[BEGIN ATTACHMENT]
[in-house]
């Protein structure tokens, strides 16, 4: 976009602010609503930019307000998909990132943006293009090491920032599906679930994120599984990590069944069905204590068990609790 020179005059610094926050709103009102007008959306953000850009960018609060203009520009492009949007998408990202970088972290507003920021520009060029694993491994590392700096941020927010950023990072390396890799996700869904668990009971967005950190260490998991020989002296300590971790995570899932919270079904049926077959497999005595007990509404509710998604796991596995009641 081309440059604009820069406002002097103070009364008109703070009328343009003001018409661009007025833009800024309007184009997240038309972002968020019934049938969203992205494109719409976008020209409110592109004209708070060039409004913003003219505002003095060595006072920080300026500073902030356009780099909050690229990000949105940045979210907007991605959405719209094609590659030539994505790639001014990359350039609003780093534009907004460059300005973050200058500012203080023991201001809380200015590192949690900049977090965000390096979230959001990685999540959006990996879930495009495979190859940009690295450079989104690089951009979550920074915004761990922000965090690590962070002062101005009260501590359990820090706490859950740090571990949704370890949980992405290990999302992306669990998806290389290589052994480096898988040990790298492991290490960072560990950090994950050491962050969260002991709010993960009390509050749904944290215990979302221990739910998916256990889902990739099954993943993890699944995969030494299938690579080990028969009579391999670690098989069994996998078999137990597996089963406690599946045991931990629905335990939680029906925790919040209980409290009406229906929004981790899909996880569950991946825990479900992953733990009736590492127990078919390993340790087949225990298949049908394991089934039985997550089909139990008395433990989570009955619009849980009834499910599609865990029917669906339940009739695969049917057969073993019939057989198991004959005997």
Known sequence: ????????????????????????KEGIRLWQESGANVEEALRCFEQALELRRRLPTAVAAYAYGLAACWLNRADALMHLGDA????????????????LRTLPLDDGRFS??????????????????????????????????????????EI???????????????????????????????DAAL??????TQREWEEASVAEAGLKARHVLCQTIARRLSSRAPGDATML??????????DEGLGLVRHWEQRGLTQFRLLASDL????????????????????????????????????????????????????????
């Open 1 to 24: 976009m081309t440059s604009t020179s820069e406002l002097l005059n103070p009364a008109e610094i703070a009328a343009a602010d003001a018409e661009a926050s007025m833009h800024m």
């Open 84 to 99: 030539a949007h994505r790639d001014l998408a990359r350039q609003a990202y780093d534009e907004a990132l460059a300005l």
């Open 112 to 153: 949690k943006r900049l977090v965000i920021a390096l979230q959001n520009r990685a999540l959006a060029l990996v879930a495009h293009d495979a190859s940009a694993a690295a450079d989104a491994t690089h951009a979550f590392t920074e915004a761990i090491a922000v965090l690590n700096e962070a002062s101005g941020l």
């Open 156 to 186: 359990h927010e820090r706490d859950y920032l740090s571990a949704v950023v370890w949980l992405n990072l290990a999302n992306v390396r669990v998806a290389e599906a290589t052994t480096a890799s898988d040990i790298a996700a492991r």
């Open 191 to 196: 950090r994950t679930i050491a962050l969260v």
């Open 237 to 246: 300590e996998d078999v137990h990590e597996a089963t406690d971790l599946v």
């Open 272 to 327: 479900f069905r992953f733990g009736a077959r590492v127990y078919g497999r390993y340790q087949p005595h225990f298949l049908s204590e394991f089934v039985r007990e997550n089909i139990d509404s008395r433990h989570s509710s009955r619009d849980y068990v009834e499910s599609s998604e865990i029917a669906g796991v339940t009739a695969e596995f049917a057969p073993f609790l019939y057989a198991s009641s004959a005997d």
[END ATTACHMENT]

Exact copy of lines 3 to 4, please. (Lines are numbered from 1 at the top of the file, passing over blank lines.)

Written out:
Known sequence: ????????????????????????KEGIRLWQESGANVEEALRCFEQALELRRRLPTAVAAYAYGLAACWLNRADALMHLGDA????????????????LRTLPLDDGRFS??????????????????????????????????????????EI???????????????????????????????DAAL??????TQREWEEASVAEAGLKARHVLCQTIARRLSSRAPGDATML??????????DEGLGLVRHWEQRGLTQFRLLASDL????????????????????????????????????????????????????????
């Open 1 to 24: 976009m081309t440059s604009t020179s820069e406002l002097l005059n103070p009364a008109e610094i703070a009328a343009a602010d003001a018409e661009a926050s007025m833009h800024m």